Based on the true story of Mark O’brien who was ravaged by polio and at age six was paralyzed from the neck down. He could only breathe with the aid of an iron lung, where he spent most of his life as a poet and journalist. His parents discovered that polio survivors only had an average life expectancy of 18 months when institutionalized, so they refused to subject their son to this sentence of a short life, instead opting to keep him at home, essentially giving up their lives so he could have one.
“The Sessions” chronicles Mark’s decision at age 38 that he wanted to know what it was like to have sex and lose his virginity. After a failed proposal to one of his 24 hour caretakers who he had developed a strong attraction to, upon the suggestion of a doctor who had to resuscitate him after a power failure almost ended his life due to his iron lung not functioning in the middle of the night, Mark decided to solicit the services of a sex surrogate. Being a devout Christian, which is ironic given the tragic circumstances of his existence, (Mark said he had to believe in God so he would have someone to blame for the joke that was his life.) he went to his priest for advice and his blessing of his plans to have sinful fornication outside of marriage. After serious consideration of the question, his priest, played by William H. Macy tells Mark, “I think God will give you a free pass on this one.” and prays with Mark that his journey will be successful and fulfilling.
The role of his sex surrogate is masterfully played by Helen Hunt, who brings so much emotion, beauty, and raw passion to the role, you almost forget that she is totally nude much of the time. The biggest difference between Mark and most other quadriplegics who have generally suffered spinal injuries is that Mark’s only problem was that his muscles didn’t function, but he had full sensation and was otherwise fully functional. John Hawkes in the role of Mark gives a spectacular performance. I can’t imagine what he had to go through to get his normally healthy body to the thin, emaciated, muscleless form of Mark O’brien who spent his entire life outside of his iron lung on a roll-around gurney, fitted with breathing assistance equipment.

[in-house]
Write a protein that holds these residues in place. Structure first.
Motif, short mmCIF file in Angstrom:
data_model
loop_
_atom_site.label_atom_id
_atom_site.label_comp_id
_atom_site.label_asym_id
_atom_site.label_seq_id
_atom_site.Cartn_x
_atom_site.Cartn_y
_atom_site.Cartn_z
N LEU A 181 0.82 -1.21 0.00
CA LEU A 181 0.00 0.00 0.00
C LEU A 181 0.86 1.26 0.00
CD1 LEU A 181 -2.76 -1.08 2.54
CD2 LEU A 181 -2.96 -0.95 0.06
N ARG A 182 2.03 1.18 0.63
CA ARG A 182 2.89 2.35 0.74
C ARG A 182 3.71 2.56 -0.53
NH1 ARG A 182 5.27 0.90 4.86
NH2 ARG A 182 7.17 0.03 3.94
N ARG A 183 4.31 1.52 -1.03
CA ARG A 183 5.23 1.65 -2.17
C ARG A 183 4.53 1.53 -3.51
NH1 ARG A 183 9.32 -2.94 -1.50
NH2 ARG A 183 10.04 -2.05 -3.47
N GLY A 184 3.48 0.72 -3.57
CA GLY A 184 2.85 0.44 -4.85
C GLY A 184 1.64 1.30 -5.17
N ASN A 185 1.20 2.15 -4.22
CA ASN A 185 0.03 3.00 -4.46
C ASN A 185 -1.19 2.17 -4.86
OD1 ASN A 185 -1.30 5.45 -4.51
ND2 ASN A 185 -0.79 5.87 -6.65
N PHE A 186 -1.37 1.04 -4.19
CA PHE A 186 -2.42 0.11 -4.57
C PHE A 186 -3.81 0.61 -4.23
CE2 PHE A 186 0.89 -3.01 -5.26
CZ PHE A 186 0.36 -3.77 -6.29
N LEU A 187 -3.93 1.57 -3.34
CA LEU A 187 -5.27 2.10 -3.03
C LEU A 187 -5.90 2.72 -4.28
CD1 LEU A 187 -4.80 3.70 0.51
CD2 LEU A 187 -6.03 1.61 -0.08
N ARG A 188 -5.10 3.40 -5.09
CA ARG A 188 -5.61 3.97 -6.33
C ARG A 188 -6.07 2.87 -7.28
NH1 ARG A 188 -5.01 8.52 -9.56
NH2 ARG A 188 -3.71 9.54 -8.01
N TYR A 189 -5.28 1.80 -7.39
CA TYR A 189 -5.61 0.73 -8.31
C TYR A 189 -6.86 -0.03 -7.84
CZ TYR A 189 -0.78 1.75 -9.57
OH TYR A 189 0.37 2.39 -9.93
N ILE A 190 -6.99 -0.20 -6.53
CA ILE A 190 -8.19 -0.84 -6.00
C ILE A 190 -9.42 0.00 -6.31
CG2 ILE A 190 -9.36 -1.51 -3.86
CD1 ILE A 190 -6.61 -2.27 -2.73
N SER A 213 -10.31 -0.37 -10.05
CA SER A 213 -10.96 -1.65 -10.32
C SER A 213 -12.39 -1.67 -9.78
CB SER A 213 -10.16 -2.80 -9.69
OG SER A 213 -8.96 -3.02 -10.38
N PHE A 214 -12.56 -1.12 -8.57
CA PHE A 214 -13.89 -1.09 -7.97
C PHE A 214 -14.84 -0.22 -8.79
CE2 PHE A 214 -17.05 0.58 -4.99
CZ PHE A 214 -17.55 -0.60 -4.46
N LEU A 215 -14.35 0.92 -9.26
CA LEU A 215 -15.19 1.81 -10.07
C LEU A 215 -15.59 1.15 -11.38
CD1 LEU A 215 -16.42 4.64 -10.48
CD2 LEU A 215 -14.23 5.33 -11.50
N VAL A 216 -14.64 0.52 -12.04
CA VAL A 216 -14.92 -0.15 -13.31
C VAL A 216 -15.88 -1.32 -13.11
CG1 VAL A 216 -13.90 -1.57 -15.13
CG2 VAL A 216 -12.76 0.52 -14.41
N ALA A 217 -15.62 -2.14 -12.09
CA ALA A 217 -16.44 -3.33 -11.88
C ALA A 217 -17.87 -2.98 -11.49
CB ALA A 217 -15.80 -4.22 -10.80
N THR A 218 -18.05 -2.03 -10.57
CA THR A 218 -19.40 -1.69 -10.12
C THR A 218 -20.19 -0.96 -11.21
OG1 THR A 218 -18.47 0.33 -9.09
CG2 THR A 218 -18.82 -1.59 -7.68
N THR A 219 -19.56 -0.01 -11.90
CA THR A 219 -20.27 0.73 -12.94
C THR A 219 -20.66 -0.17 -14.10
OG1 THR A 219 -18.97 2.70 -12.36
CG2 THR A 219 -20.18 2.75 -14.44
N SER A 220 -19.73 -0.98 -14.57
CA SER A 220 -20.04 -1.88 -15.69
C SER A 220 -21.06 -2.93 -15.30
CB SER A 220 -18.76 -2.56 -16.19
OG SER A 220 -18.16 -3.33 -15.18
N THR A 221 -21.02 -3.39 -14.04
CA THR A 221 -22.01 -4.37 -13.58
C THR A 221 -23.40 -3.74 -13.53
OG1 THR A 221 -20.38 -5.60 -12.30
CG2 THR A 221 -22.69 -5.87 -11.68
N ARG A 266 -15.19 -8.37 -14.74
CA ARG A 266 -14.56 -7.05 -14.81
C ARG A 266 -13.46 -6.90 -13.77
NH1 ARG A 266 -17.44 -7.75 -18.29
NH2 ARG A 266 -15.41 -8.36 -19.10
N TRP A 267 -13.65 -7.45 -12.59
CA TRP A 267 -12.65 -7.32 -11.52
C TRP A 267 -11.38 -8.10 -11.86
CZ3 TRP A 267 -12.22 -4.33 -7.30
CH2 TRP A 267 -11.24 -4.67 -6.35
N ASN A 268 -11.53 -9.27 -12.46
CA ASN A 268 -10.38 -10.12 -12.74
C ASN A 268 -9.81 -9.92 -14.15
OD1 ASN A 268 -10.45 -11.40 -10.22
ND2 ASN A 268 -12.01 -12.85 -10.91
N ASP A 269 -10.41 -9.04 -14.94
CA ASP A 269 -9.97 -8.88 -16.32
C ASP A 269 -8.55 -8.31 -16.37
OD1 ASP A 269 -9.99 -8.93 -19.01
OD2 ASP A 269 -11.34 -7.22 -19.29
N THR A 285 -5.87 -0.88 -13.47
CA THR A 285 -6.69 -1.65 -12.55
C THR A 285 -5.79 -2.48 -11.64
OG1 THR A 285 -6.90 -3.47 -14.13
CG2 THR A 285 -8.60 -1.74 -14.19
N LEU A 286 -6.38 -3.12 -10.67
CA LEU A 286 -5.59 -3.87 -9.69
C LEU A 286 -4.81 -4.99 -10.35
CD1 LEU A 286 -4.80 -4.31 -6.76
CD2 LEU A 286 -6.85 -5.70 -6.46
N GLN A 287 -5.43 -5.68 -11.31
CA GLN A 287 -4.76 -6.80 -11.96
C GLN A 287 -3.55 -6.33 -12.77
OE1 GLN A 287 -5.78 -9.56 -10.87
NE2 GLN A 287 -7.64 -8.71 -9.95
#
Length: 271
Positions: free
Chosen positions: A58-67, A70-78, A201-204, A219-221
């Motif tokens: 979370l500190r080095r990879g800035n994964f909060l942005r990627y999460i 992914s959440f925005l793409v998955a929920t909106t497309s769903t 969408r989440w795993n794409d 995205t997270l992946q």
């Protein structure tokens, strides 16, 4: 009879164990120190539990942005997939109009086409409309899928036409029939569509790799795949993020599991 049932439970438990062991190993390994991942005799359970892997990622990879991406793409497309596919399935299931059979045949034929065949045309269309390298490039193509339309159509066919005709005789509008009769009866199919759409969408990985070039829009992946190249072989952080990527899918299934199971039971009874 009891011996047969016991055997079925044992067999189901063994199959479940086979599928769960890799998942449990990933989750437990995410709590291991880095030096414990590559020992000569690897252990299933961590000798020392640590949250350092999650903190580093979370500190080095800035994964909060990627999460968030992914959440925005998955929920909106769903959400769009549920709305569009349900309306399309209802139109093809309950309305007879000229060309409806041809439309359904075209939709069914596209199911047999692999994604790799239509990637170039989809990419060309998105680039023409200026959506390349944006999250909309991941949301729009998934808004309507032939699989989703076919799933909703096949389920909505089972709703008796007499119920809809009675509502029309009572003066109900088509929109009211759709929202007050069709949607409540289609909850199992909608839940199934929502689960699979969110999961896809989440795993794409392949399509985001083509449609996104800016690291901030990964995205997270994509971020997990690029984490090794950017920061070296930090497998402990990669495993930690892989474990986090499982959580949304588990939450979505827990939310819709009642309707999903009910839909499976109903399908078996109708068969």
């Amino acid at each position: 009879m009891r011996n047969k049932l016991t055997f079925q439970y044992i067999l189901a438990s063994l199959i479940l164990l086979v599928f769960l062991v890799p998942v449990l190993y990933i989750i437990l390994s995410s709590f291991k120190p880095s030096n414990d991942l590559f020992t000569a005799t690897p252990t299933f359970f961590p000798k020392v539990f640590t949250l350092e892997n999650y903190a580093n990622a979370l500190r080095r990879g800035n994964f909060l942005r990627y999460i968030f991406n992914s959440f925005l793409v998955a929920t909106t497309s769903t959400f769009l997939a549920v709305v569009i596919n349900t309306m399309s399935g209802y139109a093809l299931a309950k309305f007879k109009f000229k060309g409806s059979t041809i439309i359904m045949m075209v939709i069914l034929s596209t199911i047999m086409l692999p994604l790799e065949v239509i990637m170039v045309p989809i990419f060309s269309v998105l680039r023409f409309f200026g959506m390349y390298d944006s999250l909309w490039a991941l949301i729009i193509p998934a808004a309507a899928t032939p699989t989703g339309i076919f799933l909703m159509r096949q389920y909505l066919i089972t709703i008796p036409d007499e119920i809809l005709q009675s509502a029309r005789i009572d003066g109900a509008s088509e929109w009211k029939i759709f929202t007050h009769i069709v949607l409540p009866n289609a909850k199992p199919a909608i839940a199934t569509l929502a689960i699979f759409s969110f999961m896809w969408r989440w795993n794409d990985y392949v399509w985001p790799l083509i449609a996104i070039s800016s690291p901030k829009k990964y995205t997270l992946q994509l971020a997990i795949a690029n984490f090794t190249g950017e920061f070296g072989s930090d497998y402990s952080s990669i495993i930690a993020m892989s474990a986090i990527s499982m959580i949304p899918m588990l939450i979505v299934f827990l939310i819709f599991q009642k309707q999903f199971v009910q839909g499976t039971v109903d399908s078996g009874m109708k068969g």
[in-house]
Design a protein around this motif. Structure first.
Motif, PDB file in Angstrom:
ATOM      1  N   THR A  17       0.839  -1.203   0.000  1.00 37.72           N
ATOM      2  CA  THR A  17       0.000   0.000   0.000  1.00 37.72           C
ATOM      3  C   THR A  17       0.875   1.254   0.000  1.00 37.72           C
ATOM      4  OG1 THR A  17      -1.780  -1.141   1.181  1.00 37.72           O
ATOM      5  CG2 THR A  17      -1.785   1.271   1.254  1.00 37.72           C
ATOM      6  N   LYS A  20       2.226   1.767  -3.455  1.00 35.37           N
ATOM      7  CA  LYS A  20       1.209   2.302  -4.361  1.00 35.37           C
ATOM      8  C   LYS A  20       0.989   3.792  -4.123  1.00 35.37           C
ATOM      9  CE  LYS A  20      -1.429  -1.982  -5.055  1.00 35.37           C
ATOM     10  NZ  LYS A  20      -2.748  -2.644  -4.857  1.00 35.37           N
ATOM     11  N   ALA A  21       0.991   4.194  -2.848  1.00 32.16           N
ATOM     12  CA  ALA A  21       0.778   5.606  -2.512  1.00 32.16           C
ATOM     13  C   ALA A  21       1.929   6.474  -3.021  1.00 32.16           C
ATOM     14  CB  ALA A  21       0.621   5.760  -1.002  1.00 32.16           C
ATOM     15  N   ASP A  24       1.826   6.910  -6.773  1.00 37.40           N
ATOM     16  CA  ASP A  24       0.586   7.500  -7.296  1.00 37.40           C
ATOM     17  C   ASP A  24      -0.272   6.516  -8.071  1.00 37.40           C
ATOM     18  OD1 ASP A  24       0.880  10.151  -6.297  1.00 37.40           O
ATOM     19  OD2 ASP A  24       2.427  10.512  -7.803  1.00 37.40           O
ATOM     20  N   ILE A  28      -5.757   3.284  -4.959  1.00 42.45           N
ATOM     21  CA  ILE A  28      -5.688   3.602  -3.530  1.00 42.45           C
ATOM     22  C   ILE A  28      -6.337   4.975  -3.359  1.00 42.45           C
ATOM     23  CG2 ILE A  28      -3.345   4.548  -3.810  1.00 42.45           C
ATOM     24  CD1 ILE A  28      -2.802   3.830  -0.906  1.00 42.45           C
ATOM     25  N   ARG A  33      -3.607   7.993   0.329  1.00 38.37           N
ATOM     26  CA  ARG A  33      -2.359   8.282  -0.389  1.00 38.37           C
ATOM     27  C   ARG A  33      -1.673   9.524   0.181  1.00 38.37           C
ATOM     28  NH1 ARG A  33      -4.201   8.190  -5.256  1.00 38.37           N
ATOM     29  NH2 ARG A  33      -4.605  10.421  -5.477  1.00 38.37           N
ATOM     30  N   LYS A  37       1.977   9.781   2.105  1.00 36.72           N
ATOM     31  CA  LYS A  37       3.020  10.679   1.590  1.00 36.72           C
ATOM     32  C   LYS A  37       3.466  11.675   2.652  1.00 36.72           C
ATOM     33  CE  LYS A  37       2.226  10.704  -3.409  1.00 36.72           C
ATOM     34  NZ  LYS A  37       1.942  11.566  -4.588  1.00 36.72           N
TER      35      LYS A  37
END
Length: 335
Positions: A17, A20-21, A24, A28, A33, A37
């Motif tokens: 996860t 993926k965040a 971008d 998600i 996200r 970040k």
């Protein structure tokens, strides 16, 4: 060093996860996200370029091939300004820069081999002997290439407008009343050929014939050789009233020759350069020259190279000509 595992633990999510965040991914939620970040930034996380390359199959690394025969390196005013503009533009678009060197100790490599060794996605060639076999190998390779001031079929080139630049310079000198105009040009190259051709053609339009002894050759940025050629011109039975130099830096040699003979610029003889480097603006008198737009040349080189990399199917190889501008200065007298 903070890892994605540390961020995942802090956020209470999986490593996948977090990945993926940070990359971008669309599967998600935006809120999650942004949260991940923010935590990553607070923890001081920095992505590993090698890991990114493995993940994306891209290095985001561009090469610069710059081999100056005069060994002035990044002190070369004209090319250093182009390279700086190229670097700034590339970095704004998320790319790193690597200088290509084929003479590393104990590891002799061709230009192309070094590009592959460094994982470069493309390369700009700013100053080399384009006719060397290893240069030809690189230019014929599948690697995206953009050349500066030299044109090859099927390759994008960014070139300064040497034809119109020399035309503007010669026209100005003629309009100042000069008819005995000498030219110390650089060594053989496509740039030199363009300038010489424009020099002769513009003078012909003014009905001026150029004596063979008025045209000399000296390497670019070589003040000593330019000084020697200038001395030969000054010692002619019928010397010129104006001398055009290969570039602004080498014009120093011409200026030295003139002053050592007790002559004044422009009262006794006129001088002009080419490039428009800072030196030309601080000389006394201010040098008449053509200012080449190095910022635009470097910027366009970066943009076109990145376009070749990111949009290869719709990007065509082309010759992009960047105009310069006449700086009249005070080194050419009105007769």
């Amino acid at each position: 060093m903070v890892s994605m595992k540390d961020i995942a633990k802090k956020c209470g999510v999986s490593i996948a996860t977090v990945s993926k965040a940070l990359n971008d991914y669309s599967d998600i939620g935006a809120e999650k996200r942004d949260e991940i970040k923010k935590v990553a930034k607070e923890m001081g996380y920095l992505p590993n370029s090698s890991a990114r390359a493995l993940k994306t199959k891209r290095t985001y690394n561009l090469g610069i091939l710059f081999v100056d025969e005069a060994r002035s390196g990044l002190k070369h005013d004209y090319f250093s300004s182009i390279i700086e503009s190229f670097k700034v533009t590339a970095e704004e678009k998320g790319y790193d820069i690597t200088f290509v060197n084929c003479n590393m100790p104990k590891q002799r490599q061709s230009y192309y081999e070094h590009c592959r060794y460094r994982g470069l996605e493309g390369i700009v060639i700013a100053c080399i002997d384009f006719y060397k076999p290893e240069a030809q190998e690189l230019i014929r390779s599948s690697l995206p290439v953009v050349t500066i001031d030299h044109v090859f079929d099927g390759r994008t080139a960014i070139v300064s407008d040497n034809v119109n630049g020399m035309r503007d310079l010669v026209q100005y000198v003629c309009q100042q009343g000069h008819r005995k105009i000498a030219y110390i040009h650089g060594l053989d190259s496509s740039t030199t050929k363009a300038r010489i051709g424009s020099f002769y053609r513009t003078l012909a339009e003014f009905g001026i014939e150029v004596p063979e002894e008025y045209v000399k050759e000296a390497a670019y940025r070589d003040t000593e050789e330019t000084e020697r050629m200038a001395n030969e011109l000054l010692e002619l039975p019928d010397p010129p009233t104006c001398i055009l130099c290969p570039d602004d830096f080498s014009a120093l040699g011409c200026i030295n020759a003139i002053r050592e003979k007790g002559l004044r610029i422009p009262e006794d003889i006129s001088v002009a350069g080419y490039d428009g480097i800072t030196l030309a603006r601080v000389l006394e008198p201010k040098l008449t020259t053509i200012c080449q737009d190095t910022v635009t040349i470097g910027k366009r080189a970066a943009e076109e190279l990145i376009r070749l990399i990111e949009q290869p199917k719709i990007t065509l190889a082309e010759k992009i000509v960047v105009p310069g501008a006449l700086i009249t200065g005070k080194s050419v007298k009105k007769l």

Cheryl Cohen Green, Mark’s surrogate therapist made it clear to Mark in the beginning that to keep it professional and therapeutic, their sessions together would be limited to a maximum of six sessions. However, after their 3rd time together upon achieving successful intercourse, both parties realized that they had developed strong emotional feelings for the other. Mark, never being one to hide or not express his feelings, sent Cheryl a love poem which was intercepted by her lazy, emotionless husband. After receiving a tongue lashing from her husband, Mark and Cheryl agreed after their fourth session together, where Mark insisted his goal was for them to achieve mutual orgasm, that it was best to end their times together before things went too far emotionally. Mark had achieved his goal of “knowing a woman in the Biblical sense” and continued to live to the age of 49, fell in love with another woman, and lived long enough to see a documentary of his life win an Academy Award in 1996.
I thoroughly enjoyed “The Sessions” because the story is engrossing, the acting is impeccable, and it is inspiring to see someone who life dealt such overwhelming obstacles refuse to not live his life to the fullest extent possible.
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